Lithuanian circular migrants’ experiences in wandering between Lithuanian and Norwegian welfare states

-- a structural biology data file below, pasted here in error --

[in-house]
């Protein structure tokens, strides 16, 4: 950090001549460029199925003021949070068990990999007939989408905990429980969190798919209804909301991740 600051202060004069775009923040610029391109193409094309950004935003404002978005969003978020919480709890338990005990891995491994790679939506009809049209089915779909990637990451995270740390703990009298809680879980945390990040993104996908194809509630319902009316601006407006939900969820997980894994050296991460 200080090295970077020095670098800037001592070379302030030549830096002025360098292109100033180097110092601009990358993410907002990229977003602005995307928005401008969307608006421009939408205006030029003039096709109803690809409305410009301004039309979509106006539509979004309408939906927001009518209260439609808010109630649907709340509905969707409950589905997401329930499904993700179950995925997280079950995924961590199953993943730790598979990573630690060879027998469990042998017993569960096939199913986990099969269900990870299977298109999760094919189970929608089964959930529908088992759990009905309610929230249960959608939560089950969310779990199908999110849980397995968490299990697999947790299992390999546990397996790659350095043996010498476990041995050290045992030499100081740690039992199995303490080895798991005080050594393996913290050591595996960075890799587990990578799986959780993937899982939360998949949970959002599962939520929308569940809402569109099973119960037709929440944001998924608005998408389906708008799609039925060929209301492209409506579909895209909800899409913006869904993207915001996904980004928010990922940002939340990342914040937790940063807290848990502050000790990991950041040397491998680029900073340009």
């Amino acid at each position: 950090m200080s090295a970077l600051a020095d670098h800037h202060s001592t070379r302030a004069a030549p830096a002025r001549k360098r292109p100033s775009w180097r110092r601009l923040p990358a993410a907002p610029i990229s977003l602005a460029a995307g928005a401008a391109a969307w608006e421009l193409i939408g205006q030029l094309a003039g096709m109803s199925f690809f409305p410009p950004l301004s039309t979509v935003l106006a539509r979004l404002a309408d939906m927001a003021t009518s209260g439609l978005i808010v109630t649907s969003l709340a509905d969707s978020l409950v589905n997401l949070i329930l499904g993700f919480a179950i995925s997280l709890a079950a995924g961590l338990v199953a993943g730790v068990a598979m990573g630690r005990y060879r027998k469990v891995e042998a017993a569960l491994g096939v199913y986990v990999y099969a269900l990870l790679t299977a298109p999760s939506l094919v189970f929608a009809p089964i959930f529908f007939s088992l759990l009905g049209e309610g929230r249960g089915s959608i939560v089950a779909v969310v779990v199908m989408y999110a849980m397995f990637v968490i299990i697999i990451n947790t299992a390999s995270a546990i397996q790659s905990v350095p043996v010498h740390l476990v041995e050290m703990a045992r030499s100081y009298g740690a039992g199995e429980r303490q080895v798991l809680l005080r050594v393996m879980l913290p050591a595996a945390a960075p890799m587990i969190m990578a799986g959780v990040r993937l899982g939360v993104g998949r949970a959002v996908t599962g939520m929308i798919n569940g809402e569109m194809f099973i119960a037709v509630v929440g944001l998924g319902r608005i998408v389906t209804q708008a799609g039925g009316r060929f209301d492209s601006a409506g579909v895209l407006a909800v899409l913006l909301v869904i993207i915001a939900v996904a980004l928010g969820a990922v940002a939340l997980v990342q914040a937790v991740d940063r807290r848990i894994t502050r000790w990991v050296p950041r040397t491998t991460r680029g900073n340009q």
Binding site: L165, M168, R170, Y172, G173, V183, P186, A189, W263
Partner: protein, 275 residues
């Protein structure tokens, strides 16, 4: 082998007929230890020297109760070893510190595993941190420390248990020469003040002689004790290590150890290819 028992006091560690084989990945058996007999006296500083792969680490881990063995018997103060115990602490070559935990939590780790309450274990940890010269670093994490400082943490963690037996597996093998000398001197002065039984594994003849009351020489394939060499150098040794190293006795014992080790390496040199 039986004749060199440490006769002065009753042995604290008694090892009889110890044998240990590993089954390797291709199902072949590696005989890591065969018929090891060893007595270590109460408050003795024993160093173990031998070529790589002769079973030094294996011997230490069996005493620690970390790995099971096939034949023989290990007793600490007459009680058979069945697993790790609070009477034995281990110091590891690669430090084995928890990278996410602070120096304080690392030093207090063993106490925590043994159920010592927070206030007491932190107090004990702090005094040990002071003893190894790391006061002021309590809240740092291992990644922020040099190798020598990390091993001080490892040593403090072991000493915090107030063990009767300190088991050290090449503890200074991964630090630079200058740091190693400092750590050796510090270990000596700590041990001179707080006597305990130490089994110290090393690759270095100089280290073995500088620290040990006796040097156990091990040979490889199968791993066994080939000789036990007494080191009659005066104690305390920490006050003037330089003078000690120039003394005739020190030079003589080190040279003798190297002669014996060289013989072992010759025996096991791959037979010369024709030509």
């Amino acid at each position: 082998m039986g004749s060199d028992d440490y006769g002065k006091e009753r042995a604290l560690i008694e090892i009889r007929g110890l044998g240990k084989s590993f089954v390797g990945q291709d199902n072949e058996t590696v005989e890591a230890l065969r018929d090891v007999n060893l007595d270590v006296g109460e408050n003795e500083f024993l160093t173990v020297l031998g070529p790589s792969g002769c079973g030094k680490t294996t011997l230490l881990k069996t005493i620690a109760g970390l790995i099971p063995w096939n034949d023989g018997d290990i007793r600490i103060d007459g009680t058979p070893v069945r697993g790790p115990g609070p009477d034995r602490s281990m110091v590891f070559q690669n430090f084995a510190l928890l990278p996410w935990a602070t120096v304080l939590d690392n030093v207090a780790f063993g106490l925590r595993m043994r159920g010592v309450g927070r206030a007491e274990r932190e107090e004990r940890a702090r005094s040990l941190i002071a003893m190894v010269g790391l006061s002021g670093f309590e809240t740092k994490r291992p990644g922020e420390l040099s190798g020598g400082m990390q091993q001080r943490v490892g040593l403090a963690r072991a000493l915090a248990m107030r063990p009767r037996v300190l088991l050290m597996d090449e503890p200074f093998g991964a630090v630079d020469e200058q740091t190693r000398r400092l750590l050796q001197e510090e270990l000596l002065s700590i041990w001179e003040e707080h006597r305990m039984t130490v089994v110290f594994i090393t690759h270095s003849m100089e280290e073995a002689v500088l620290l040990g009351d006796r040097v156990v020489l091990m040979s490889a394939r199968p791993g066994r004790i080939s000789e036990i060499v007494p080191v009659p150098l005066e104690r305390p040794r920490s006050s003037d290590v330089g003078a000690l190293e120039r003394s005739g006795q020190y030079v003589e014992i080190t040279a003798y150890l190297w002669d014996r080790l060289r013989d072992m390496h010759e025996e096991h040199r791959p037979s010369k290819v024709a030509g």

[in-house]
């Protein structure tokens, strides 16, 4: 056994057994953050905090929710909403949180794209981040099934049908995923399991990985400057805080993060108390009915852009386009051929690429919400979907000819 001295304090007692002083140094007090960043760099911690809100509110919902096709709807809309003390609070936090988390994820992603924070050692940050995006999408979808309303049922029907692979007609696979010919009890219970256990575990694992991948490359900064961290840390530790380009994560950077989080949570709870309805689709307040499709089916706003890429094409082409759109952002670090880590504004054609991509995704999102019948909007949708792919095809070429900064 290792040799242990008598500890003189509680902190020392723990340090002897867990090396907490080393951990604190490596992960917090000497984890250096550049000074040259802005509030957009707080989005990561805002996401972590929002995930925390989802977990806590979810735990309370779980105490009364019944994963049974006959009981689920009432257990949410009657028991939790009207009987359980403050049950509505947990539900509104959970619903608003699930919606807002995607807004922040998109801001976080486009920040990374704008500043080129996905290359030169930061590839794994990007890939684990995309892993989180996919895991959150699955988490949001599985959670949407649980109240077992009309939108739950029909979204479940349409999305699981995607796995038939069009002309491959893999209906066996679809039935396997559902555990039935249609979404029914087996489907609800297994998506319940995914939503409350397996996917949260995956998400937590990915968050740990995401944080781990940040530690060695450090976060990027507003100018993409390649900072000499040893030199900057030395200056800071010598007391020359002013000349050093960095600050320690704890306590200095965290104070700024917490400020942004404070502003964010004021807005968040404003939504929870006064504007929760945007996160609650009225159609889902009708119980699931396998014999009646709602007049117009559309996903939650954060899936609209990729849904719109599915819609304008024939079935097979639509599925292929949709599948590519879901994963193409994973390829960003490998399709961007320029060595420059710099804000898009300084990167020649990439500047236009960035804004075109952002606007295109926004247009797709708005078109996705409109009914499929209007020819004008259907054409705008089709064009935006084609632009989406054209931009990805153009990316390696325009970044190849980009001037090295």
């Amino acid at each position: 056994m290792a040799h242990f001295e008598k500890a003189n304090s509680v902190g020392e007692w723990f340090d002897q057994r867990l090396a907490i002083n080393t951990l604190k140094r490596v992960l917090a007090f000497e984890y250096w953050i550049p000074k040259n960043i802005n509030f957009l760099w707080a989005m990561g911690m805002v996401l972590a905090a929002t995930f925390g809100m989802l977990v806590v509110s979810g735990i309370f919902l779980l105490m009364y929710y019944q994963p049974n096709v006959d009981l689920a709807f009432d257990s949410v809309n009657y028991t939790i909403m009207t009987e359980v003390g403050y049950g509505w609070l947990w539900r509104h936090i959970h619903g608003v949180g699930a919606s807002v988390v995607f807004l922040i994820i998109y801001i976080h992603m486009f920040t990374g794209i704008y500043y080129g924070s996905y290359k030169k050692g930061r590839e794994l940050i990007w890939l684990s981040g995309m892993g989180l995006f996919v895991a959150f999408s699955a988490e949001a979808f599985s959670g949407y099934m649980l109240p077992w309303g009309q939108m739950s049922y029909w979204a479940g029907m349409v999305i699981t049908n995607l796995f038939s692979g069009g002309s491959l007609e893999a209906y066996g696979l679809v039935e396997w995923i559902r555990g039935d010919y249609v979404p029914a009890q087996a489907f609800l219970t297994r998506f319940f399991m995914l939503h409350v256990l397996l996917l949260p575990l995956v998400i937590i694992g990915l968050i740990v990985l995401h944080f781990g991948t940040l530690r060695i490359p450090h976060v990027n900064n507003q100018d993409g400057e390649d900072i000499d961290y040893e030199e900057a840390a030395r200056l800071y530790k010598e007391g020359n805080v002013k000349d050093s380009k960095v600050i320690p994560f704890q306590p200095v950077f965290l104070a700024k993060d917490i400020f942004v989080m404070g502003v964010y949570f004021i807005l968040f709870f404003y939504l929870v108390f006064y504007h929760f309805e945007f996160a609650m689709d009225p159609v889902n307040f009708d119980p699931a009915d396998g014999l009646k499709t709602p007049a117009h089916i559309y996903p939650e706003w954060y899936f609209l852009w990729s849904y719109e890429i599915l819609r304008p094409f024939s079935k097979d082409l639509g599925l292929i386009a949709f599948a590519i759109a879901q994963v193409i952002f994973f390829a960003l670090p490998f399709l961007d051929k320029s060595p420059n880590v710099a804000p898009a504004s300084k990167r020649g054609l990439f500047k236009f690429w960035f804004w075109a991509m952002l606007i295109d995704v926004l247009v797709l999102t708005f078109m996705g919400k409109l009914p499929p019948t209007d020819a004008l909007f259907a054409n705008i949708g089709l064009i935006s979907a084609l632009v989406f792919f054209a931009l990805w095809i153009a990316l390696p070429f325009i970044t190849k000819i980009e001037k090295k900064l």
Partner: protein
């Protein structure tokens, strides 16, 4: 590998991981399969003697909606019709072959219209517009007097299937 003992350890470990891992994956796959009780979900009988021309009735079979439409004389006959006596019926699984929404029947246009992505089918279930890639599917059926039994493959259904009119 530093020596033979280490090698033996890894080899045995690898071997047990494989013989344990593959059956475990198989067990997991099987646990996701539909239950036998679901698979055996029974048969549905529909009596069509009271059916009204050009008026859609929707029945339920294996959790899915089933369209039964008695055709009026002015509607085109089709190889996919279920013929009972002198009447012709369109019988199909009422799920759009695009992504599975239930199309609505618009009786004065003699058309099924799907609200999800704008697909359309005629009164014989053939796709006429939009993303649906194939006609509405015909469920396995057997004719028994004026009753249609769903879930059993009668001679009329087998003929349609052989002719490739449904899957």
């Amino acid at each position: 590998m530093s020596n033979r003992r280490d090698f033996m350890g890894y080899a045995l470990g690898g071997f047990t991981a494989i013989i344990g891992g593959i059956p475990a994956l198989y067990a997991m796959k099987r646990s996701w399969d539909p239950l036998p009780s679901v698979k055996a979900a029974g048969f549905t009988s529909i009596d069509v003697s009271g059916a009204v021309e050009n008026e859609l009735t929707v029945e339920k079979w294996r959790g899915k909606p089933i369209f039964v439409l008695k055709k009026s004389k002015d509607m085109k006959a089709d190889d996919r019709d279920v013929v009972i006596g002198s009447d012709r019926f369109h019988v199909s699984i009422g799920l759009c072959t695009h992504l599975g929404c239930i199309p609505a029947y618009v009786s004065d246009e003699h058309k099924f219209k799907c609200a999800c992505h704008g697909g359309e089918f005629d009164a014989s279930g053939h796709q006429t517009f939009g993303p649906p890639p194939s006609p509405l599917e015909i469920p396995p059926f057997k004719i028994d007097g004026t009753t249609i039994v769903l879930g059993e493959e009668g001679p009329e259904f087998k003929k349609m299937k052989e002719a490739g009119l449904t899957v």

Background. Economic demands, new technologies and flexibility of national and international legislation led to the development of various migration and employment patterns. One of the highly promoted but little researched pattern is circular migration. Such migration is common between higher and lower living cost countries that are relatively close to each other like Norway and Lithuania. Norway is a high-income country with one of the highest inflow of labour migration between the OECD countries. Whilst Lithuania is a highincome but low-cost country known as a provider of labour migrants. Today, Lithuanians are the second by size group of migrant workers in Norway which, however, remains under-researched. Circular migration not only benefited Norwegian industries, but also challenged the social welfare policy makers with new problems like social dumping. Therefore, as Lithuanian labour circular migrants are a significant group in Norway, they make a relevant sample for a case study of circular labour migrants in a context of social welfare. Research questions. This paper aims to gather more descriptive and explanatory data about how Lithuanian circular migrants approach social welfare while wandering between home country and Norway, and how Lithuanian and Norwegian welfare states support circular migrants and their families coping capabilities. Methods. The research consists of two major parts. First one is an online forum content analysis, which was performed as a pilot to gather more knowledge about Lithuanians’ concerns and problems while migrating to Norway (in case of circular migration and not only). It also served as a tool to narrow down an extremely broad topic of social welfare and to prepare a more accurate interview guide for the following research part. The second method comprises eight semi-structured interviews with 11 respondents, which provided comprehensive data to the research questions. Conclusions. This study has provided with a broader knowledge of Lithuanian circular migrants’ perceptions and experiences in accessing social welfare on a transnational level. Nevertheless, attempts to understand this phenomenon better, led to a development of a conjoint theoretical framework of coping capabilities. Circulation, as a coping capability, is common between people with short-term problem-solving preferences and high degree of wish to be in control. Circular migrant and their families tend to rely on the Norwegian market for the provision of social welfare, with little expectations from the states. Norway supports coping capabilities of circular migrant by providing access to public healthcare, strictering the regulations related to employment and housing, and developing a circular migrant friendly taxation policy. Lithuanian welfare state supports coping capabilities of circular migrant indirectly by targeting his family members that live in the home country.